“Compared with football rugby is inclusive and accessible. They know they are not the Premier League and they understand they need to publicise themselves and working with TV is a way of doing that. They need to have trust in the production people making that happen because TV can sometimes go bit too far although our guys know where the line is and you don’t go beyond that”.

“Different sports in different stages of their development. Rugby players, supporters and people who run clubs are different, they take lumps out of each other on the pitch but it is a friendlier environment”.

While TV sport today is an entirely different environment to that encountered by the fledgling Sunset and Vine, Foulser reflects on the change to the industry as a process of evolution rather than a series of individual revolutionary breakthroughs.

“Most of the change is part of an evolving story. Things get better and enable you to do more things rather than there being any great Eureka! Moments”, he said.

“Of course technology has changed things a lot and when I go out on OBs now it is incredible but the principles are the same. It is all about journalism and cutting to the right shot at the right time to tell the story and not imposing yourself on the audience. It is about reacting and being proactive at the same time and the technology has made it more immediate; when I started at ITV we only had one slow motion system and that could only record 32 seconds of pictures. Today everything is instant. It’s in the nature of producers and directors that they are always looking for something else and that drives the boffins (technicians) to develop new things”, he said.

“In general technology simply evolves. High Definition is great but 4K and 8K will change the way sport is covered because it gives much more clarity and you may not need as many cameras as you have at the moment because it is such an enriching experience. That can make production cheaper”.

“I was never a great believer in 3D – Sky were keen and the manufacturers were keen to make money from selling sets but it seemed a blatant commercialisation of something that nobody really wanted and if nobody wants it won’t work. That’s the thing. Does the end user want it and are they prepared to pay? HD is pretty good so the issue is the extent to which doubling the resolution will generate fresh demand”.

Naturally it is not only technology which is shaping the way the sports media sector operates and Foulser says that changes to the BBC Charter, which ensured that 25 per cent of programming went to the independent sector while a further 25 per cent was open to internal and external competition played a huge role in creating opportunities for independent sector.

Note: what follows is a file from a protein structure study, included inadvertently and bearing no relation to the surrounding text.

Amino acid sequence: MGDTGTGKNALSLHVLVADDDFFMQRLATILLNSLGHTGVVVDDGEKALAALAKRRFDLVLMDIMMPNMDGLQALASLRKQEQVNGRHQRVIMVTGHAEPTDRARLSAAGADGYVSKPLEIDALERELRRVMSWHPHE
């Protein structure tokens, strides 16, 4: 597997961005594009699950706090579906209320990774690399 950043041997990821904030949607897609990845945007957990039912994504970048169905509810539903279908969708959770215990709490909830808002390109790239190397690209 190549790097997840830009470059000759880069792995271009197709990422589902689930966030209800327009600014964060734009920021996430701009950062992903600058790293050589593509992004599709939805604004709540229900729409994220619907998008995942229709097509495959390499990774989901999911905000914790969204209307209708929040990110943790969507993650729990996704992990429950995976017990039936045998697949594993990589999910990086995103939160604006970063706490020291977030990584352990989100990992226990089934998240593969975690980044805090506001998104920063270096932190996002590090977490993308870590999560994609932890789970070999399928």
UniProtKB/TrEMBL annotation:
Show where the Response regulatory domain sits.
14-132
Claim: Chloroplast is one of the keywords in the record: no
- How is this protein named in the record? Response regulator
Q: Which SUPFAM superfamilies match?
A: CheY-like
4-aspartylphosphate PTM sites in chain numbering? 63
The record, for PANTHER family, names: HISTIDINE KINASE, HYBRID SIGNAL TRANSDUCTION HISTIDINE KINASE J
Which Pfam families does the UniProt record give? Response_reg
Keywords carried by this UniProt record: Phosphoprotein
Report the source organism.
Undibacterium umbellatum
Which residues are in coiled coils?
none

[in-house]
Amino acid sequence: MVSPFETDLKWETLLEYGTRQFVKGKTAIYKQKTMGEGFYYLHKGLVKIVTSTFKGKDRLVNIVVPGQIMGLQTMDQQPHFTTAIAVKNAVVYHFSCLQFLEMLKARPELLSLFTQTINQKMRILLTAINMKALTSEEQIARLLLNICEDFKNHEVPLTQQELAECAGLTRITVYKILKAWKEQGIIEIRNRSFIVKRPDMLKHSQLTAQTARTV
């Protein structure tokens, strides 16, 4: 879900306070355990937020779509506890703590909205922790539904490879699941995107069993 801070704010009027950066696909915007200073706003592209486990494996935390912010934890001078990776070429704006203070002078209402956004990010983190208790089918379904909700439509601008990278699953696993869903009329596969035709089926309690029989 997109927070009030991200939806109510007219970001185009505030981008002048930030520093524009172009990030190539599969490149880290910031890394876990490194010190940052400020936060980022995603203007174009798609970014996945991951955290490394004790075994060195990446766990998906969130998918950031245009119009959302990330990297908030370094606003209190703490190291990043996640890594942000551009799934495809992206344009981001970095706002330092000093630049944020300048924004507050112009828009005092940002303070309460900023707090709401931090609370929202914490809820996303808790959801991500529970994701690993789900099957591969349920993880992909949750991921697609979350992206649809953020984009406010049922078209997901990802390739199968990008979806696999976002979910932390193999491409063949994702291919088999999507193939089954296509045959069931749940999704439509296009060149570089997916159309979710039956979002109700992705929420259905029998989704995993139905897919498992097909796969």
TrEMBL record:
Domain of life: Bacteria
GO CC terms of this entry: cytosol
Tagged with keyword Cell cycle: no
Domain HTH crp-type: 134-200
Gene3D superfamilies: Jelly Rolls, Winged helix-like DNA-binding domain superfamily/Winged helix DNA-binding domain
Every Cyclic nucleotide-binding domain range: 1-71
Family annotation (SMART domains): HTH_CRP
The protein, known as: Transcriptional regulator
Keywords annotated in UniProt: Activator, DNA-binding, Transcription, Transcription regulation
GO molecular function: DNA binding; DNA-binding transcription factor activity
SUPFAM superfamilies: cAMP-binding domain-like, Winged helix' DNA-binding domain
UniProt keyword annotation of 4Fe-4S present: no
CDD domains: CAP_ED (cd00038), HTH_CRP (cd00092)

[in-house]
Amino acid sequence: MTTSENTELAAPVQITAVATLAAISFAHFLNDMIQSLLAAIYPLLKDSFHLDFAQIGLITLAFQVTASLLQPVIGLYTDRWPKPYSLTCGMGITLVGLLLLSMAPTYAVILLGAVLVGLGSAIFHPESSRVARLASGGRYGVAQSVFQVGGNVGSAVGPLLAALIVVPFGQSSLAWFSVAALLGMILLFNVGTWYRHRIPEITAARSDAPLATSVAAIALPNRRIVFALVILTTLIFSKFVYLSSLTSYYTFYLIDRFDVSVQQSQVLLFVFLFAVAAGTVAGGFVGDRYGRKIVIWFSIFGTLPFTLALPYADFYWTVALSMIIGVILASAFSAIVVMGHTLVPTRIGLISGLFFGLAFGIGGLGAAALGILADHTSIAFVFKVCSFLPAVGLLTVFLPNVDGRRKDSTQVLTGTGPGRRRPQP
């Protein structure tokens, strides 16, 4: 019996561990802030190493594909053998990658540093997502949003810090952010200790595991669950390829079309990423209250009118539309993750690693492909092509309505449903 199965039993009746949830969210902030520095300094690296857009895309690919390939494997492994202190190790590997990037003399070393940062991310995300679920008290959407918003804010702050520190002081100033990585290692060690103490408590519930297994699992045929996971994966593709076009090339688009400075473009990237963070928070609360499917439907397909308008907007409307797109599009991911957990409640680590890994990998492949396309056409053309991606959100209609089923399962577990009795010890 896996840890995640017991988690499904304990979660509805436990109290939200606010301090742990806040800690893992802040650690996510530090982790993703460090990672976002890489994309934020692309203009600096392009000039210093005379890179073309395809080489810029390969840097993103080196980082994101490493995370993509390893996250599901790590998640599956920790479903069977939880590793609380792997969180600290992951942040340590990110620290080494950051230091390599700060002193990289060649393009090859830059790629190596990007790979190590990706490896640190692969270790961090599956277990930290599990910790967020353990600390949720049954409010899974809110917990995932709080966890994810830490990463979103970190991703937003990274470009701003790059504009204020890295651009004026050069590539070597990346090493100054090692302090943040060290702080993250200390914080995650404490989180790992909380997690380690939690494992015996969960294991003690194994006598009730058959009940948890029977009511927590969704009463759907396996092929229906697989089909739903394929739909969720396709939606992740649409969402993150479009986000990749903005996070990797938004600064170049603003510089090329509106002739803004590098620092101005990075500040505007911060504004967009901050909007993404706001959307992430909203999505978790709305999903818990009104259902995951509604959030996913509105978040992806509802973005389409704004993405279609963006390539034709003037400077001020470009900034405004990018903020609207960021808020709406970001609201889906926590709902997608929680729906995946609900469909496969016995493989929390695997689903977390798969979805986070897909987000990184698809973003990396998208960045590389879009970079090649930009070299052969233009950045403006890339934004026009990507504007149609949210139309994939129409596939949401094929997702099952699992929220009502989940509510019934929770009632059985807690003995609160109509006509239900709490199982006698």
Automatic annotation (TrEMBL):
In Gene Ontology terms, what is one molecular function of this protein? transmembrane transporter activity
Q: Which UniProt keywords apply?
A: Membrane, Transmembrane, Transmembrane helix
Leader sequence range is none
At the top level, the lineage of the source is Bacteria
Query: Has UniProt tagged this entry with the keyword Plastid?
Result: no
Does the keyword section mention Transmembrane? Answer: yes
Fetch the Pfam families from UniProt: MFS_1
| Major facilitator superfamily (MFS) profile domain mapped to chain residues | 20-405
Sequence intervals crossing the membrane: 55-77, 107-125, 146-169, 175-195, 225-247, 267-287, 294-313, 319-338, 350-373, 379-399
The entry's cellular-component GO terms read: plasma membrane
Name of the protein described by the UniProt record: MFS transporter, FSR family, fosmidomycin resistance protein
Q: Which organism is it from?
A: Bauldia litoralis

“That set the example and other broadcaster’s saw the advantages of letting us take the overhead and use the competition in the independent sector to get the best price. It works for both sides but the fact is that there are not many independents with the scale and capability

capability to work on major projects”.

“Another important trend is that more sports are r looking to take control of their media product. That, coupled with the potential for other new broadcasters to arrive on the scene and start acquiring rights creates opportunities for companies like us which weren’t there five years ago”.

Opportunities naturally create competition but, says Foulser, while price is important in all negotiations, scale and the ability to deliver is critical.

“Our work on the Commonwealth Games made the point that there are no shortcuts. If someone comes in with a silly price they will just be dismissed because it is not feasible to deliver below a certain level. You need so much bandwidth to be able to put on a major event like that event like that and you just can’t do it on the cheap”.

Understanding and responding to the way consumer habits and expectations are changes is also key to success in a competitive business and creating digital content is an important part of the company’s service portfolio.

“Demand for digital content has changed our lives and is a prerequisite of every pitch we make”, Foulser said.

“People’s viewing habits are changing and kids don’[t know or care what channel something is on , they just find it and are most of the time are happy to look at them on their laptops. That said I still think the really big events are the ones people want to watch together and I don’t see that changing. People like shared experiences”.

“Second screen and satisfying the appetite for data is increasingly important. In the old days we’d say to the commentator talk about what is on screen – and while that’s still important you can now get away with putting more info on screen and letting it wash over the

audience so they can pick up what they want to pick up. That’s a product of the generation”.

While Jeff Foulser spends his days dealing with the demands of running an international company he, like most other leaders of in the sector remains a fan at heart and lists England’s Ashes winning final test victory over Australia in 2005 as both a personal and professional highlight.

“It was a great moment and we had an audience of 8 million. I think cricket has missed a trick by moving away from terrestrial”, he said.
“That day cricket stopped the country and we had a phenomenal sense of what we were delivering and how it was affecting people’s lives”.

There is, he says, another sporting moment he will always remember – watching Ali Beat Foreman from a facilities house in central London at 3am as pictures, which were not being shown live in the UK, came in from the States.

“That’s something which will stick with me for ever”, he said.